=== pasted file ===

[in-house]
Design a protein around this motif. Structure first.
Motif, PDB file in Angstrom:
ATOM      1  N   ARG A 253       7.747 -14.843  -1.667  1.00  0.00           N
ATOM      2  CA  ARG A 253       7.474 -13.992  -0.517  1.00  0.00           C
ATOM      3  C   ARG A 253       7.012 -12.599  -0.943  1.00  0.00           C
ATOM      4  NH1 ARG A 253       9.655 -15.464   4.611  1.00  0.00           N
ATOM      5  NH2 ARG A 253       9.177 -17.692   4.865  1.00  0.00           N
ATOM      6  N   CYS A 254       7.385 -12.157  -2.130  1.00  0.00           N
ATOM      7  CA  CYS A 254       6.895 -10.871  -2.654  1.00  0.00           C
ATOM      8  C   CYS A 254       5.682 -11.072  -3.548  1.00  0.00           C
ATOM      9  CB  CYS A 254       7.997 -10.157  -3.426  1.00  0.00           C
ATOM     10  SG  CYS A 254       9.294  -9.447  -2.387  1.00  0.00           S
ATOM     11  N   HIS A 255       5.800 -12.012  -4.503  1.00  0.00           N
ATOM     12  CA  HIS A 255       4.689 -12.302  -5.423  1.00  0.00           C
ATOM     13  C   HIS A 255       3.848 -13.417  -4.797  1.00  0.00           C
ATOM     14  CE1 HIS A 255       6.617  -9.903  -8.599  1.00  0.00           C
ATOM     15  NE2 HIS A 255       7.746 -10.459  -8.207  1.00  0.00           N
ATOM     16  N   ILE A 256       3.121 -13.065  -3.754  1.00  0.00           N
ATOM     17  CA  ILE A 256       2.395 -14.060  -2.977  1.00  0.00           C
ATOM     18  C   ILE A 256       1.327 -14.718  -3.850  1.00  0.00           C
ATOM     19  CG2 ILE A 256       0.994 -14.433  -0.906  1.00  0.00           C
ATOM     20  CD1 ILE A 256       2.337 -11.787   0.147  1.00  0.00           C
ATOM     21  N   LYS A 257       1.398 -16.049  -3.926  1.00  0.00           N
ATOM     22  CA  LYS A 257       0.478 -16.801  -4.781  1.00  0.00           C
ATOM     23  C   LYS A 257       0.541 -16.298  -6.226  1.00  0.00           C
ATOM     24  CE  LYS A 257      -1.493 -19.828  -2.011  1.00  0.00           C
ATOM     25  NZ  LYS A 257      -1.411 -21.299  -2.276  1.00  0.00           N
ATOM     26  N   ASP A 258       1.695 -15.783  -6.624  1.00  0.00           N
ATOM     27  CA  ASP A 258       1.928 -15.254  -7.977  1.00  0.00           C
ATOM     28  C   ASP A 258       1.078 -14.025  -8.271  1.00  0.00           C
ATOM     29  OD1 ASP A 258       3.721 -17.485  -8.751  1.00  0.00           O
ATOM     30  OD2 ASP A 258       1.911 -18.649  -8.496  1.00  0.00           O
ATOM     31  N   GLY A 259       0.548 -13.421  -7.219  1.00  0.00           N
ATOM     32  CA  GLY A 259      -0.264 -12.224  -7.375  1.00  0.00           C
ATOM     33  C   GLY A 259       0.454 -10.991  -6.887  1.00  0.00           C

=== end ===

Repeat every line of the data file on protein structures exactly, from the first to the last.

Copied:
[in-house]
Design a protein around this motif. Structure first.
Motif, PDB file in Angstrom:
ATOM      1  N   ARG A 253       7.747 -14.843  -1.667  1.00  0.00           N
ATOM      2  CA  ARG A 253       7.474 -13.992  -0.517  1.00  0.00           C
ATOM      3  C   ARG A 253       7.012 -12.599  -0.943  1.00  0.00           C
ATOM      4  NH1 ARG A 253       9.655 -15.464   4.611  1.00  0.00           N
ATOM      5  NH2 ARG A 253       9.177 -17.692   4.865  1.00  0.00           N
ATOM      6  N   CYS A 254       7.385 -12.157  -2.130  1.00  0.00           N
ATOM      7  CA  CYS A 254       6.895 -10.871  -2.654  1.00  0.00           C
ATOM      8  C   CYS A 254       5.682 -11.072  -3.548  1.00  0.00           C
ATOM      9  CB  CYS A 254       7.997 -10.157  -3.426  1.00  0.00           C
ATOM     10  SG  CYS A 254       9.294  -9.447  -2.387  1.00  0.00           S
ATOM     11  N   HIS A 255       5.800 -12.012  -4.503  1.00  0.00           N
ATOM     12  CA  HIS A 255       4.689 -12.302  -5.423  1.00  0.00           C
ATOM     13  C   HIS A 255       3.848 -13.417  -4.797  1.00  0.00           C
ATOM     14  CE1 HIS A 255       6.617  -9.903  -8.599  1.00  0.00           C
ATOM     15  NE2 HIS A 255       7.746 -10.459  -8.207  1.00  0.00           N
ATOM     16  N   ILE A 256       3.121 -13.065  -3.754  1.00  0.00           N
ATOM     17  CA  ILE A 256       2.395 -14.060  -2.977  1.00  0.00           C
ATOM     18  C   ILE A 256       1.327 -14.718  -3.850  1.00  0.00           C
ATOM     19  CG2 ILE A 256       0.994 -14.433  -0.906  1.00  0.00           C
ATOM     20  CD1 ILE A 256       2.337 -11.787   0.147  1.00  0.00           C
ATOM     21  N   LYS A 257       1.398 -16.049  -3.926  1.00  0.00           N
ATOM     22  CA  LYS A 257       0.478 -16.801  -4.781  1.00  0.00           C
ATOM     23  C   LYS A 257       0.541 -16.298  -6.226  1.00  0.00           C
ATOM     24  CE  LYS A 257      -1.493 -19.828  -2.011  1.00  0.00           C
ATOM     25  NZ  LYS A 257      -1.411 -21.299  -2.276  1.00  0.00           N
ATOM     26  N   ASP A 258       1.695 -15.783  -6.624  1.00  0.00           N
ATOM     27  CA  ASP A 258       1.928 -15.254  -7.977  1.00  0.00           C
ATOM     28  C   ASP A 258       1.078 -14.025  -8.271  1.00  0.00           C
ATOM     29  OD1 ASP A 258       3.721 -17.485  -8.751  1.00  0.00           O
ATOM     30  OD2 ASP A 258       1.911 -18.649  -8.496  1.00  0.00           O
ATOM     31  N   GLY A 259       0.548 -13.421  -7.219  1.00  0.00           N
ATOM     32  CA  GLY A 259      -0.264 -12.224  -7.375  1.00  0.00           C
ATOM     33  C   GLY A 259       0.454 -10.991  -6.887  1.00  0.00           C